Lime green water has fire departments investigating

Hazmat

(VC STAR)

SIMI VALLEY – A stretch of the Arroyo Simi turned bright green Monday afternoon when an unknown substance entered the waterway from an outflow under the First Street bridge.

The scenario brought hazardous materials teams and officials from multiple agencies, but authorities ultimately determined the product wasn’t harmful.

At around 2:25 p.m., a caller told emergency dispatchers that water in the wash below First Street and Los Angeles Avenue was fluorescent green, “like a river of radiator fluid,” said Capt. Stan Ziegler, of the Ventura County Fire Department.

Fire crews that initially arrived at the scene described seeing a “lime green” substance about a quarter mile down the arroyo.

The incident brought two of the fire department’s hazardous materials teams as well as staff from the county Environmental Health division, the city of Simi Valley and the state.

Dennis Rosenberg, a wildlife officer with the California Department of Fish and Wildlife, took photos of the outflow and inspected the arroyo, where the green product pooled and foamed up in areas downstream of the outflow.

By 5:45 p.m., officials had determined the product was not hazardous and was likely an automotive maintenance product, possibly a polish or wax. A car wash at the corner of First and Los Angeles, directly above the outflow, was shut down as crews investigated. Ziegler said it was not immediately clear whether the product had come from that facility.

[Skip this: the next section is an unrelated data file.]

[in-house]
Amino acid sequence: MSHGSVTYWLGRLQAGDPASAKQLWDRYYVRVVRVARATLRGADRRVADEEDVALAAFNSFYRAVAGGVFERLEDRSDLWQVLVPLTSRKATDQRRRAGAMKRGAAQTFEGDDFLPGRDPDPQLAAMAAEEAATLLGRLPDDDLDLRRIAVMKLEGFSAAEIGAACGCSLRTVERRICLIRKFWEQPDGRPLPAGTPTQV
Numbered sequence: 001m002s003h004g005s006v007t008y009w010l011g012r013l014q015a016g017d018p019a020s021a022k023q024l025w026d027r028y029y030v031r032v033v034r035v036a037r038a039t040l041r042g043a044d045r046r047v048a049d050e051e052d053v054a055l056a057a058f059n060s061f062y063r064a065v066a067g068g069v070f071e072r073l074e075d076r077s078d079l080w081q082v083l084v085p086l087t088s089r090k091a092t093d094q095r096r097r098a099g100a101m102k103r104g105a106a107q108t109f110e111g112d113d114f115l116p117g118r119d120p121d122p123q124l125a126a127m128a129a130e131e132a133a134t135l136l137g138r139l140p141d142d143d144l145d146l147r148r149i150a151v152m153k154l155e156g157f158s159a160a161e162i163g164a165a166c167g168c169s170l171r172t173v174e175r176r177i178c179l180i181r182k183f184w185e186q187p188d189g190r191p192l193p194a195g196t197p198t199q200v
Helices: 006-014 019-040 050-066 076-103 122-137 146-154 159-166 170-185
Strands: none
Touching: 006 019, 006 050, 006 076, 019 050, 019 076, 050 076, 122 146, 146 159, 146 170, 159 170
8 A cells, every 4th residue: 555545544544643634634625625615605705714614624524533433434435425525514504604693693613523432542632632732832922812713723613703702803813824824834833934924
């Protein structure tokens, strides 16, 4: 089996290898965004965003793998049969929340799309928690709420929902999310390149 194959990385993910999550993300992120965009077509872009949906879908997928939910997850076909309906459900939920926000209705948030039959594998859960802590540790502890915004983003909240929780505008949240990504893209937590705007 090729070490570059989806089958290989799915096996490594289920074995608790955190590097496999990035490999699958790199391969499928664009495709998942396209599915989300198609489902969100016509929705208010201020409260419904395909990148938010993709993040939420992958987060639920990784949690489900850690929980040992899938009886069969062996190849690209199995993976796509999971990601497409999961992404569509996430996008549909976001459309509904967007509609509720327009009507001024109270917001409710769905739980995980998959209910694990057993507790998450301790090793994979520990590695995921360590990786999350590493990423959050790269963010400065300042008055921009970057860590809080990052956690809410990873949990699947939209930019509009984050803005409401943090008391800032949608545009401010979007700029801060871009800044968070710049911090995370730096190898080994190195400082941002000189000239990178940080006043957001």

With no public threat at stake, crews had turned their attention to cleanup efforts, Ziegler said.

As of 6 p.m., water downstream of the source remained bright green, with foam pooled over a still portion at the bottom of a small dam past Los Angeles Avenue. Egrets, geese, ducks, seagulls and other birds carried on avian activities in the colorful water.

On social media, photos of the bright green waterway prompted St. Patrick’s Day jokes in advance of the March 17 holiday.

“Looks like the leprechauns are a few days early,” wrote a Twitter used named melz.

The water flows from First Street toward Madera Road, where cleanup efforts could focus, officials said.

 

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